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Food & Drink

San Francisco bakery finally lands a store after rare pandemic success

A wicker basket dangles next to signs for a bakery.
Bernal Bakery opened during the pandemic and served its first loaves by pulley and wicker basket on Wright Street. | Source: Courtesy Bernal Bakery

Bernal Bakery began in the dark days of 2020 when laid-off San Francisco chefs Ryan Stagg and Daniella Banchero garnered national attention for turning pandemic lemons into lemon-scented pastries. Baking out of their Bernal Heights kitchen, the duo took orders for fresh-baked country loaves and chocolate chip cookies, lowering them to customers on the street in a wicker basket affixed to a pulley. 

The baked goods became a big hit, and the offerings kept expanding—along with the places where you could pick them up, including grocery stores, farmers’ markets and pop-ups. Now Stagg and Banchero have another milestone to celebrate: landing a permanent, brick-and-mortar space on Cortland Avenue. 

“It’s brought a lot to us both professionally and personally,” Stagg said of the business. Since the bakery began in 2020, the couple have married and had their first child—something he said would not have been affordable without the business’s success. 

A line of donuts banana bread an muffins stand on tissue paper.
Bernal Bakery expanded its offerings to include seasonally available items like apple cider donuts, banana bread, muffins and cinnamon rolls. | Source: Courtesy Bernal Bakery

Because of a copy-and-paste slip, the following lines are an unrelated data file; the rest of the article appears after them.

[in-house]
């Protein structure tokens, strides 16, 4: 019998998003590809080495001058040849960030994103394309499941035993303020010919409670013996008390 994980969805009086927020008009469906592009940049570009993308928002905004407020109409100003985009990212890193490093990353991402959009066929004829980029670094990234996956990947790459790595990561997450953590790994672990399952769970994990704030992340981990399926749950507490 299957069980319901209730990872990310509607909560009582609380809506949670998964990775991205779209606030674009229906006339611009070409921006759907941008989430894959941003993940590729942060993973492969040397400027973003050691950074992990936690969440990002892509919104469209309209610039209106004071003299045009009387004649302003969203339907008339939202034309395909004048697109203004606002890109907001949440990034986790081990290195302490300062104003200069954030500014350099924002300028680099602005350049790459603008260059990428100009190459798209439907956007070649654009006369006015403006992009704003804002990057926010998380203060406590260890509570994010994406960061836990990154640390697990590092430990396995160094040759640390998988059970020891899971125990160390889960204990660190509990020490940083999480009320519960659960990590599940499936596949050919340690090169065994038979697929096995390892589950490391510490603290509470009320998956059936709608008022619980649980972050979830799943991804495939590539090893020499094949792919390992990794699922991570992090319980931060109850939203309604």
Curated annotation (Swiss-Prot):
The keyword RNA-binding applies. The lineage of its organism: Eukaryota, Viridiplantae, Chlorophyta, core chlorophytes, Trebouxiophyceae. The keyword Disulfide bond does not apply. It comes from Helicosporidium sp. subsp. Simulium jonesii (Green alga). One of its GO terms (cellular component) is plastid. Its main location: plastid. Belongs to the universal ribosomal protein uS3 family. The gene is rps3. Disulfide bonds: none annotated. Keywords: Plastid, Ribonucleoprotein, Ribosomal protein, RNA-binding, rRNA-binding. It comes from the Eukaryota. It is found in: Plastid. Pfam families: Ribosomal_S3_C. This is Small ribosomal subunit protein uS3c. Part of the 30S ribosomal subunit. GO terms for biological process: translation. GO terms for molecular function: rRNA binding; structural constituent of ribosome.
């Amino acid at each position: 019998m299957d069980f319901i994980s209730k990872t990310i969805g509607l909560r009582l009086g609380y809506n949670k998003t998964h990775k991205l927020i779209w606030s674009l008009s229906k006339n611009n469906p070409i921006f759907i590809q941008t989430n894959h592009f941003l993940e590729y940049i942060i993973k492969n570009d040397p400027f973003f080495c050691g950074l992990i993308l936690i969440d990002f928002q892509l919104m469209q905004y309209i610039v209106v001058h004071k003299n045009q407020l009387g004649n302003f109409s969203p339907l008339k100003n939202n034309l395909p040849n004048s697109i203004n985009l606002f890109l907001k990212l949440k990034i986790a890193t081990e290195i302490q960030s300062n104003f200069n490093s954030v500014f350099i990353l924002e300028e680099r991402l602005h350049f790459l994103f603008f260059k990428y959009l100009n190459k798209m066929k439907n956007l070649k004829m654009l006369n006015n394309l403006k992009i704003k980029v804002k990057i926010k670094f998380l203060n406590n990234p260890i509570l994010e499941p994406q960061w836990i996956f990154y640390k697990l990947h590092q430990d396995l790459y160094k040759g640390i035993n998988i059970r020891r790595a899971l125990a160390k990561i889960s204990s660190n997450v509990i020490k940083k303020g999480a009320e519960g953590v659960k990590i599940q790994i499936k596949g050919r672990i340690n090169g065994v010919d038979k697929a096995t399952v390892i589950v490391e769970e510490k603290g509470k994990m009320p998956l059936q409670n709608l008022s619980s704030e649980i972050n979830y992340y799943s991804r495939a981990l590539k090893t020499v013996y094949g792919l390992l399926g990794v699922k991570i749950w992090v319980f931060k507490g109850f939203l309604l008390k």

While Banchero has returned to full-time work at Dogpatch’s Piccino restaurant, Stagg will helm the new business under a new name: the Bernal Basket. It’s a callback to the bakery’s original operation and a nod to the larger array of offerings at the new café, located in the former Little Bee Baking space. 

Stagg still has the original basket that lowered so much carb comfort to so many Bernal neighbors. He’s thought about using it as a sign for the new business, though “it might be a little too sentimental to hang outside,” he said. 

The wholesale component of Bernal Bakery will continue under the same name, with its laminated pastries and toothsome loaves available across the Bay Area. 

The new bakery, expected to open in the beginning of March, will also serve sandwiches, soups and pizza. Bernal Bakery’s most popular item has been its Roman pizzas, which are purchased parbaked and finished at home. “I can’t make enough of them,” Stagg said. 

A pizza is in a shrink-wrapped plastic package.
Bernal Bakery's most popular item as of late has been its Roman Pizza Al Taglio, which owner Ryan Stagg said he has trouble keeping in stock. | Source: Courtesy Bernal Bakery

The new digs don’t signal the end of the Little Bee Baking, either. Owner Stacie Pierce will continue baking out of her commissary kitchen, eventually offering classes and other events for the community through the Cortland Collective at 1501 Cortland Ave. Pierce’s bakery had been in the space for 10 years, and she was looking for a change of pace. 

“It became overwhelming to manage both the retail and wholesale,” she said. “And I get to pass the keys to someone who is going to flourish.” 

Given that Bernal Bakery had already been selling some of its items as a pop-up at Little Bee Baking, customers have been primed for the change. The space itself only needs light renovations and painting to bring it up-to-date. 

“The transition to Ryan and his crew is so seamless,” Pierce said.